Why Test for Food Allergies?
Getting frequent migraines after eating? Feeling bloated all the time, even though you are trying to eat “healthier”? Does your throat get tingly after consuming certain foods? You might be suffering from a food sensitivity or allergy and now is the time to get tested.
Why should you get tested? There are plenty of reasons, but first, you must know some of the common symptoms and differences between these two medical conditions.
The most common symptoms or signs of food allergies include swelling of the lips, face, tongue, or throat; tingling or itching of the mouth; breaking out in hives; severe abdominal pain and vomiting; getting dizzy or fainting; and wheezing or having trouble breezing. For some people, certain foods may trigger a severe allergic reaction called anaphylaxis, which can lead to life-threatening symptoms, such as restriction of the airways, rapid pulse, and loss of consciousness.
Meanwhile, the most common symptoms of a food sensitivity include bloating, headaches, migraines, coughing, stomach aches, irritable bowels, hives, runny noses, and generally just feeling “not right.” Some of the most common types of intolerances include gluten, caffeine, wheat, lactose, histamine, and additives. It’s important to know the difference between the two conditions.
Differences Between Food Allergies and Sensitivities
While physical reactions to certain foods are common, the vast majority are caused by food sensitivities, rather than food allergies. You might know a few people who are seriously allergic to nuts or seafood, but if you are suffering from some of the symptoms listed above, it’s far more likely that you are suffering from a food sensitivity or intolerance.
As both conditions lead to many of the same symptoms and signs, people often confuse the two. However, true food allergies can be severe or even life threatening, and cause an immune system reaction that affects many organs in the body. In contrast, food sensitivities do not affect the immune system and usually cause digestive issues.
If you are dealing with a food sensitivity, you may be able to eat small portions of the foods that cause you trouble and even be able to prevent a reaction by taking certain pills, such as lactase enzyme pills for individuals with a lactose sensitivity. Food sensitivity symptoms usually take longer to appear, appearing up to 48 hours after ingestion, compared to food allergies, which usually occur immediately after eating or exposure.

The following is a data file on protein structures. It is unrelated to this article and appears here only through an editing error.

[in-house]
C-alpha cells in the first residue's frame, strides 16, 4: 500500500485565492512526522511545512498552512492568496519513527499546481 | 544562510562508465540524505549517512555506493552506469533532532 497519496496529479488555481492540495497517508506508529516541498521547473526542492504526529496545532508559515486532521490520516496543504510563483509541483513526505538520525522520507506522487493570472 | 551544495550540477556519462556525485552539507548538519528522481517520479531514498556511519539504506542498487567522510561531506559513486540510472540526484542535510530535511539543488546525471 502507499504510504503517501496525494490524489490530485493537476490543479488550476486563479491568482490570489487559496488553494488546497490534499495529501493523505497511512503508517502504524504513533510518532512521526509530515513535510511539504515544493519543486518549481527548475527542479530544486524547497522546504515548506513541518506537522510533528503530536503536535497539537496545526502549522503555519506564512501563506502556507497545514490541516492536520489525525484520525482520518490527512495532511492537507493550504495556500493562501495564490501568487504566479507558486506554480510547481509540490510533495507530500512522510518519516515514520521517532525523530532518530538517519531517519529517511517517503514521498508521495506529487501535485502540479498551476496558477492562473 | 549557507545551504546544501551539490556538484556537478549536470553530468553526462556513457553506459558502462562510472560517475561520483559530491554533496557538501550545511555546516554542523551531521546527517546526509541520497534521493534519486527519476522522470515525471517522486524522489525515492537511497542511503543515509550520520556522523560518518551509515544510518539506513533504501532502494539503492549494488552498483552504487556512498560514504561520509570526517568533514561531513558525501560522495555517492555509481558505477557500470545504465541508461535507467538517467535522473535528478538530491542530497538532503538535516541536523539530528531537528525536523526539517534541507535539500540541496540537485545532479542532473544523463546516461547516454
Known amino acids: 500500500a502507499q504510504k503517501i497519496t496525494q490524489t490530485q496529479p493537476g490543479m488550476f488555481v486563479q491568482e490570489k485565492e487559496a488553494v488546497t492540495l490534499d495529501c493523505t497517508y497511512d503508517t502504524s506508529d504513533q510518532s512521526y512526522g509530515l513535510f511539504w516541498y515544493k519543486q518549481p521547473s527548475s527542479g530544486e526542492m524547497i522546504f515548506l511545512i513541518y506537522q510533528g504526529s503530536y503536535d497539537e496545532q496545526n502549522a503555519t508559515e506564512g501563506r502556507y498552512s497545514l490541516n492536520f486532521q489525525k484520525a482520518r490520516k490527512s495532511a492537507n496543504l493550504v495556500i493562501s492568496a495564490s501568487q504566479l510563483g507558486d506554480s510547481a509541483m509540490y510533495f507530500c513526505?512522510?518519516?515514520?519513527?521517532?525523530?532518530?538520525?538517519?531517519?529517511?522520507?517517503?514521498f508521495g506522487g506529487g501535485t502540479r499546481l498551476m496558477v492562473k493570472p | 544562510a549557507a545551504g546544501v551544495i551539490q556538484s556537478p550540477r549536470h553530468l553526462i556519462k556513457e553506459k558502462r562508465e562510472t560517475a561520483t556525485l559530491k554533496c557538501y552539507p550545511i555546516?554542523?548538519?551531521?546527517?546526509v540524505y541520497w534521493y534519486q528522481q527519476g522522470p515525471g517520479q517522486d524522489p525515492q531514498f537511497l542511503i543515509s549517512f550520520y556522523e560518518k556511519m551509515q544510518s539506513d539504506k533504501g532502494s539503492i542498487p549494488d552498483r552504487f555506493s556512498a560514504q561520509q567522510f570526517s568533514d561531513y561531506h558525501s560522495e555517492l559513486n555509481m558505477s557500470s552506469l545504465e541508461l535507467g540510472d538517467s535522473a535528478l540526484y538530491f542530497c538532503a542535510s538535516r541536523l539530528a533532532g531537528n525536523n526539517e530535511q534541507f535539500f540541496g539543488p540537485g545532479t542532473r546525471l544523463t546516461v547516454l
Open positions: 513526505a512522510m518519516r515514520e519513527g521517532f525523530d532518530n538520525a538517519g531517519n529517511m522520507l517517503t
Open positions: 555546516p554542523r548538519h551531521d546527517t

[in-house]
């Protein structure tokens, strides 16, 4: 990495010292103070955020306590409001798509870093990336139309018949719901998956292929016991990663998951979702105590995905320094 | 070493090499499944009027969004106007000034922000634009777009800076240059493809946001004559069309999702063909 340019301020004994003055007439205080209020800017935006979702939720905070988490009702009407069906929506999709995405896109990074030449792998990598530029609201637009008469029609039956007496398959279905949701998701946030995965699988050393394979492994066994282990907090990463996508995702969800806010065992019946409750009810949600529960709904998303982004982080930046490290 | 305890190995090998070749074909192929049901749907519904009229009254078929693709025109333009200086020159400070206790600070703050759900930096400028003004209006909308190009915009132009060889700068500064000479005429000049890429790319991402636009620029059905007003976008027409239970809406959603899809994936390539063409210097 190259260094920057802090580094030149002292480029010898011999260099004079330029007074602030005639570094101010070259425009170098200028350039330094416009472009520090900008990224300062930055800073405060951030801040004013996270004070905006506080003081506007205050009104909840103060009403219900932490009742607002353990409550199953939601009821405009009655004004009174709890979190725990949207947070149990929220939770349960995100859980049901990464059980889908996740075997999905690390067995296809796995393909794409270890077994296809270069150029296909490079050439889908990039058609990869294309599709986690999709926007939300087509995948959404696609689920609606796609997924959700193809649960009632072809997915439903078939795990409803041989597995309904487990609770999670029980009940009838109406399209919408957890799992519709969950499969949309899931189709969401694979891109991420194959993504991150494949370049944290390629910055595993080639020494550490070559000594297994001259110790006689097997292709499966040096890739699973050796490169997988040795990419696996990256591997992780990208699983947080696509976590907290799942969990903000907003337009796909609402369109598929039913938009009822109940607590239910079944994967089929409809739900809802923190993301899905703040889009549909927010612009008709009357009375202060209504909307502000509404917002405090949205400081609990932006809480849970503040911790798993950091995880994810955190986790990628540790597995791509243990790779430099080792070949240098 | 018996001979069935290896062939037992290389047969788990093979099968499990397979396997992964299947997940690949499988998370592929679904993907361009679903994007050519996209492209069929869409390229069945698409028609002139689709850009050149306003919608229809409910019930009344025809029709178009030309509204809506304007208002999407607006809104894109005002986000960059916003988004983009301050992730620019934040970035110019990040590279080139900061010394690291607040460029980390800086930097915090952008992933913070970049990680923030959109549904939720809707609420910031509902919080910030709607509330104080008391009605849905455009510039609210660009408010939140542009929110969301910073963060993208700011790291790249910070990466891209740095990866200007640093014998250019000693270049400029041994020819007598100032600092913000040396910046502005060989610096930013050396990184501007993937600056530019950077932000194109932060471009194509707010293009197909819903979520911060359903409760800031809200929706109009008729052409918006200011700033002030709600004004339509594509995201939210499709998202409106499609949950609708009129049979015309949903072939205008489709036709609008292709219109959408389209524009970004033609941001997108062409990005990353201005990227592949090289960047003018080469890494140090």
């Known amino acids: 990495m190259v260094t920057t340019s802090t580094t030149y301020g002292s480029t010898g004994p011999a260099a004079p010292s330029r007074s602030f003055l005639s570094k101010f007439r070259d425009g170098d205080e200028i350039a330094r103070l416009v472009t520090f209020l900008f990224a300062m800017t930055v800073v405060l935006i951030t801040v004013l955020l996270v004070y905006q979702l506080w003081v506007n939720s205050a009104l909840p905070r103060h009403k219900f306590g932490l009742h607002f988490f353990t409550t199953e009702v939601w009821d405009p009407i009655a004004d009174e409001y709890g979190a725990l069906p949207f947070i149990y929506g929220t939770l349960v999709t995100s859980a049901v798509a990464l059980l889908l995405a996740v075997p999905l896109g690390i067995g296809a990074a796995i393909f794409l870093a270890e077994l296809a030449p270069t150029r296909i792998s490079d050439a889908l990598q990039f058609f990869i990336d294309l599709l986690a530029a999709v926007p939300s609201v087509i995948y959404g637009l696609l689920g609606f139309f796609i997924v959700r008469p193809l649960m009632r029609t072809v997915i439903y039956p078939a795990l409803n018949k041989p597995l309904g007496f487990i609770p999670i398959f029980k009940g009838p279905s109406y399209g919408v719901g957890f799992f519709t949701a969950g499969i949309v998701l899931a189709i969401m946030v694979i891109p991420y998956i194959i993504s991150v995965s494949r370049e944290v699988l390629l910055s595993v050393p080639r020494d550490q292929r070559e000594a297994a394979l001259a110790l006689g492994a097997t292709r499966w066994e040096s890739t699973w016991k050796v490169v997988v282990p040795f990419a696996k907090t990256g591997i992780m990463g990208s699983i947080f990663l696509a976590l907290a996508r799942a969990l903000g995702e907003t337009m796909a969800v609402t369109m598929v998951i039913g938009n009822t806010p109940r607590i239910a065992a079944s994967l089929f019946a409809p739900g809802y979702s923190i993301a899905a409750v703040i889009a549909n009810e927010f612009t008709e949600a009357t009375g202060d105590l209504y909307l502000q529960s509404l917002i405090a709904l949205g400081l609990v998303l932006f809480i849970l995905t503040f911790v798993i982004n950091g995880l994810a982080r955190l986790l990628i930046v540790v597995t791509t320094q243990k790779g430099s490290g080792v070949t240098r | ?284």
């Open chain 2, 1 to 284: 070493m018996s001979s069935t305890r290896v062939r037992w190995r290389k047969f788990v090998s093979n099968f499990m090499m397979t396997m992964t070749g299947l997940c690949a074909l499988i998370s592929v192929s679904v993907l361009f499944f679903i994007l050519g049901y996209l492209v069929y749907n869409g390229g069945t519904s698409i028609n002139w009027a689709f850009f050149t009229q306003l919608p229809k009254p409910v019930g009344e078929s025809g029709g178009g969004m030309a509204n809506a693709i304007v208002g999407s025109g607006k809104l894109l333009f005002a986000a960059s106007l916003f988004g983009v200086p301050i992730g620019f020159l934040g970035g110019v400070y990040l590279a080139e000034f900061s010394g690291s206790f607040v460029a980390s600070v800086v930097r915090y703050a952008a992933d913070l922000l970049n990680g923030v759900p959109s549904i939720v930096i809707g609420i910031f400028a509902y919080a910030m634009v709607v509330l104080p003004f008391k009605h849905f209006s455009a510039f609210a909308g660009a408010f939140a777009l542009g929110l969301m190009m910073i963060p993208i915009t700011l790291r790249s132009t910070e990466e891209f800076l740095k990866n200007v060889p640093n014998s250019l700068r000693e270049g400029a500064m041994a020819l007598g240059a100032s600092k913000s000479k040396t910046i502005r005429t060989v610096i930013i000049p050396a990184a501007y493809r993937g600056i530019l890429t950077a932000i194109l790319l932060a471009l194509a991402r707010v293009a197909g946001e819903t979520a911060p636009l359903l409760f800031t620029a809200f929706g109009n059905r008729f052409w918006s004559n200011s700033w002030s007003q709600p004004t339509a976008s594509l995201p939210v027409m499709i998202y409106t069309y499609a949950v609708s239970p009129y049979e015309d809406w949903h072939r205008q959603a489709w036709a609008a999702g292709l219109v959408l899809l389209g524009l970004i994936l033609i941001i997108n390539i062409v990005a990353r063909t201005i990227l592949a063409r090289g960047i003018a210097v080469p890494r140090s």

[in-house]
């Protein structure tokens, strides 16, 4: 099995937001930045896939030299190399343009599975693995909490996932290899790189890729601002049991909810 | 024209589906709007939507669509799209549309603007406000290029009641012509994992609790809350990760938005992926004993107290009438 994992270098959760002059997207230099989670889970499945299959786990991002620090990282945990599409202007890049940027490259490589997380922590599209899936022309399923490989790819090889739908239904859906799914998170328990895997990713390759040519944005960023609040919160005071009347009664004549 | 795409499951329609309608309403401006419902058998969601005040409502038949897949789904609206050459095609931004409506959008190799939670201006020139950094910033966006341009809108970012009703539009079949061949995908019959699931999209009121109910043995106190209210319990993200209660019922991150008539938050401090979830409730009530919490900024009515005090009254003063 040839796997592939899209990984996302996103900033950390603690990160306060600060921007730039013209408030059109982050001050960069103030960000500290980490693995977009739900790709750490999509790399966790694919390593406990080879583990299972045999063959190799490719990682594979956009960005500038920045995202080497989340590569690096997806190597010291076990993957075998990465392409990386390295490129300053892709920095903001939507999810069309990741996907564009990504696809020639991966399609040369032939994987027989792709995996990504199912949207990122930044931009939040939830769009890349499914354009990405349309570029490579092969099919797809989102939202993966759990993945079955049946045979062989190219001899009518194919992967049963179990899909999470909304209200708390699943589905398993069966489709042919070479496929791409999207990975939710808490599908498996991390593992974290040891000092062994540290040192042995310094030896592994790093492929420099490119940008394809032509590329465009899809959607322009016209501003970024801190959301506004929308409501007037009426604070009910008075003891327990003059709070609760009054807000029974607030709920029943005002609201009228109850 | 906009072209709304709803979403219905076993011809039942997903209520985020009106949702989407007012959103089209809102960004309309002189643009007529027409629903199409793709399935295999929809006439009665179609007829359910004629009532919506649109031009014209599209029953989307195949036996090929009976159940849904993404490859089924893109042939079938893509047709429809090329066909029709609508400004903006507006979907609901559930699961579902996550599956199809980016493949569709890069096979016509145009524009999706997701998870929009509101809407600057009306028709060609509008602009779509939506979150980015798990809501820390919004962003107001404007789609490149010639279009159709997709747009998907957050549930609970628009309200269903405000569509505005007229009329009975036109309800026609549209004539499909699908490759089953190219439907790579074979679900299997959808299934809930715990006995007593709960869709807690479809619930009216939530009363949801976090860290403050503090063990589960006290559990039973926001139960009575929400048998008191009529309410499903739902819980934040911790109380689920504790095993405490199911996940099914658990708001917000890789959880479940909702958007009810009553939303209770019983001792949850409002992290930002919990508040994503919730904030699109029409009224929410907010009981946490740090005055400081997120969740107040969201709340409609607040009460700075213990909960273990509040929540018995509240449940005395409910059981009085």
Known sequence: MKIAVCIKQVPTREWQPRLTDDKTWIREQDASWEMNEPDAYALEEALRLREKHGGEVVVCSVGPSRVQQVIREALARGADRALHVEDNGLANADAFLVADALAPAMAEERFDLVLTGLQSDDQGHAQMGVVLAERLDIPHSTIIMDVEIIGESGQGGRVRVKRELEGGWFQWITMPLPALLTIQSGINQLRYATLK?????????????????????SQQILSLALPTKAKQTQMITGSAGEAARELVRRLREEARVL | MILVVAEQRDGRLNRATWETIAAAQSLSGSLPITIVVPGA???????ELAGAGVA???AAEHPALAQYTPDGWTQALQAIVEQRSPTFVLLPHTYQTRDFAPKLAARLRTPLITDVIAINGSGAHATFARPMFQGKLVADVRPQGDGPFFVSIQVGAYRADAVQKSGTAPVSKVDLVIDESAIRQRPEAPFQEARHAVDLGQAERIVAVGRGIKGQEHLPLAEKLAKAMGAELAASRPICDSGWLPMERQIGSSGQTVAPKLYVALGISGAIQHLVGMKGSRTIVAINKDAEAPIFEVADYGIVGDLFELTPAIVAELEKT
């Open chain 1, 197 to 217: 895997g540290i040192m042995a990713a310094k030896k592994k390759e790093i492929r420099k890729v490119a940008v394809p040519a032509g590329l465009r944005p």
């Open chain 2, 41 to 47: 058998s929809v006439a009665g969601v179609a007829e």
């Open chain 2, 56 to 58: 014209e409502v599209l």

There is no prevention strategy for food allergies and sensitivities – only avoidance. However, if you are suffering from some of the aforementioned symptoms but aren’t sure about the root of the problem, there are steps you can take to find relief.
First, you might consider keeping a food journal to take notes about how you feel when you eat certain foods. Next, if you notice that you have an onset of symptoms when you eat select foods, you might be dealing with an allergy or intolerance and should seek out professional medical help.
Why Should you Get Tested?
You don’t have to live with feeling bad a lot of the time, which is why it’s important to get tested for food sensitivities and allergies. You deserve a high quality of life and cannot achieve this until you have narrowed down what foods are causing you to develop certain symptoms or serious medical issues.
Meanwhile, if you have suffered an anaphylaxis episode due to a food allergy, you must get tested to avoid encountering another life-threatening situation. Schedule an appointment with you medical provider today and significantly limit your food intake to foods you know do not cause any reaction.
To learn more about how we diagnosis and treat food allergies and sensitivities, tune into our blog this month, as we will cover everything from common allergens to how we take care of our patients with the Dunwoody Test.
Find relief from your food allergies and sensitivities today! Call us at (865) 769-9685. Follow us on Facebook, Twitter, or Instagram, or subscribe to our Newsletter for more information during Food Allergy and Sensitivity Month.